Colin's a sad-eyed British artist holed up in a rundown hotel in small-town Vermont after being dumped by his fiancée. The hotel owner plays matchmaker and introduces him to a local girl. ... See full summary »
39-year-old April Epner's childish husband and school teacher colleague Benjamin/Ben leaves her, but with her biological clock ticking ever more loudly. Her dying bossy adoptive mother is ... See full summary »
Five centuries ago a mural was created in a country church in the north of England and then hidden under layers of white paint. Looking at it again will be a distraction, the Rev. Mr. Keach... See full summary »
A man moves his two daughters to Italy after their mother dies in a car accident, in order to revitalize their lives. Genova changes all three of them as the youngest daughter starts to see the ghost of her mother, while the older one discovers her sexuality.
In medieval France, young lawyer Richard Courtois leaves Paris for the simpler life in the country. However, he is soon drawn into amorous and political intrigues. At the same time, he is ... See full summary »
Joseph Price, a former artist (painter) and now nature park ranger, has fallen for a woman who he meets in the park. They get on really well and before long they're married, but Joe doesn't... See full summary »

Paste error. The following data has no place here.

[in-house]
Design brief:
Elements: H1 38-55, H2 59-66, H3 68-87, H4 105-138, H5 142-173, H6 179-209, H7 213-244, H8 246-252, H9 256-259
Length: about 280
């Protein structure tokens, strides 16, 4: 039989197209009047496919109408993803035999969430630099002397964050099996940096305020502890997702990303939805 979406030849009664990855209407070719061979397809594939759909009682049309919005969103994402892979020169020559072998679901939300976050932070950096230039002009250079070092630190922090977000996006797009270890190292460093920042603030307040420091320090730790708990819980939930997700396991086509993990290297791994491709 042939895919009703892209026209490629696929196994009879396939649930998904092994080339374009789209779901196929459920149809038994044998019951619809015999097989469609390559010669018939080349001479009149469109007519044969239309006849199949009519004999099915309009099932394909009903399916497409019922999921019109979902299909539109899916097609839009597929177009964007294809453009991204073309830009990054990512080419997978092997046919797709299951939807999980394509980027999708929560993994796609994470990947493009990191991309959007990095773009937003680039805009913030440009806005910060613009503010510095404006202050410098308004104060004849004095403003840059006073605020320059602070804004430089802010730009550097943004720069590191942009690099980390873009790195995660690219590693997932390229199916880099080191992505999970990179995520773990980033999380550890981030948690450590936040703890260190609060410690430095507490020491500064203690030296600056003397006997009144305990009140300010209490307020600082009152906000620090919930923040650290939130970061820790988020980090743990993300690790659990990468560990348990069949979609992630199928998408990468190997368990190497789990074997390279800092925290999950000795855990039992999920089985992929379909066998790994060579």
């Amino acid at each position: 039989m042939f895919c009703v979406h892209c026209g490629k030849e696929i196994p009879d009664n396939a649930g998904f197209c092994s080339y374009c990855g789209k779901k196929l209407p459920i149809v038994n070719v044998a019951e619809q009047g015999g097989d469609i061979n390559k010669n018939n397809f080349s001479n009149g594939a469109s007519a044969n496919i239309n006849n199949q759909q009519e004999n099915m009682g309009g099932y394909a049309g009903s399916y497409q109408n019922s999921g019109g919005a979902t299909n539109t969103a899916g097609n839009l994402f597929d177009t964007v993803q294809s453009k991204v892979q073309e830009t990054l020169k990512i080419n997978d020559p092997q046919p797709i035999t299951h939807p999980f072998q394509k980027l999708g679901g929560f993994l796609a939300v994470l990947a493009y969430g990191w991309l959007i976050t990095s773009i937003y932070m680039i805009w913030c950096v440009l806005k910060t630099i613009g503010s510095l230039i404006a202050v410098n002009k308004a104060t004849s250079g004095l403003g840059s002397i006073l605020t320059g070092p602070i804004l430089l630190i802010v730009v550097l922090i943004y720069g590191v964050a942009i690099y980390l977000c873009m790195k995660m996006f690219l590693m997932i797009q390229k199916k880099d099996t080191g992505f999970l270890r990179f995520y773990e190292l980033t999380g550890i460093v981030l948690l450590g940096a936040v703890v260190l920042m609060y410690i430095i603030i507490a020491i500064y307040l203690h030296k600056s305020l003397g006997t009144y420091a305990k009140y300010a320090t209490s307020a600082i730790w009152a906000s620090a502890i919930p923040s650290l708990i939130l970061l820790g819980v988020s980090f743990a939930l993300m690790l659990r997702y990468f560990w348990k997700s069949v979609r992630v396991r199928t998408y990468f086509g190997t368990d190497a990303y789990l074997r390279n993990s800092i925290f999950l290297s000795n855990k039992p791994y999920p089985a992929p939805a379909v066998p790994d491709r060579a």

A comedy of discriminating taste and dirty little secrets, the story is set in 1952 England, where Nigel, the Earl of Marshwood, woos Hollywood star Miranda Frayle, upsetting both his mother, Countess Felicity of Marshwood, and her former love, fellow Hollywood star Don Lucas. Right before the engagement party to be held at Marshwood, Moxie, the Countess's personal maid and best friend reveals that Miranda is her estranged sister. Crestwell, the Countess's butler, quickly devises a plan-but an inebriated Lucas's arrival at Marshwood to try to talk to Miranda causes all chaos to break loose. Written by
Q. Leo Rahman
Whilst filming on the Isle of Man in 1999, the cast joined members of the public to watch the eclipse. This provoked such surprise that more people ended up watching Julie Andrews than the eclipse. See more »
Value it for what it is, not whether it comes up to the original
Most of the criticism has been because the gags of Noel Coward about class are not so funny now as they were then. But that is just to judge the film by the play. It's *mildly* funny - I dozed at the beginning but then woke up when I realised how enjoyable it was. The real gems are the superb performances all the way through and the way English and American life, mannerisms and etiquette of the 50's (when they were far more distinct) are portrayed so touchingly. Luxuriate in a nice comfy cinema seat (if they have them near you) and be pampered by it!
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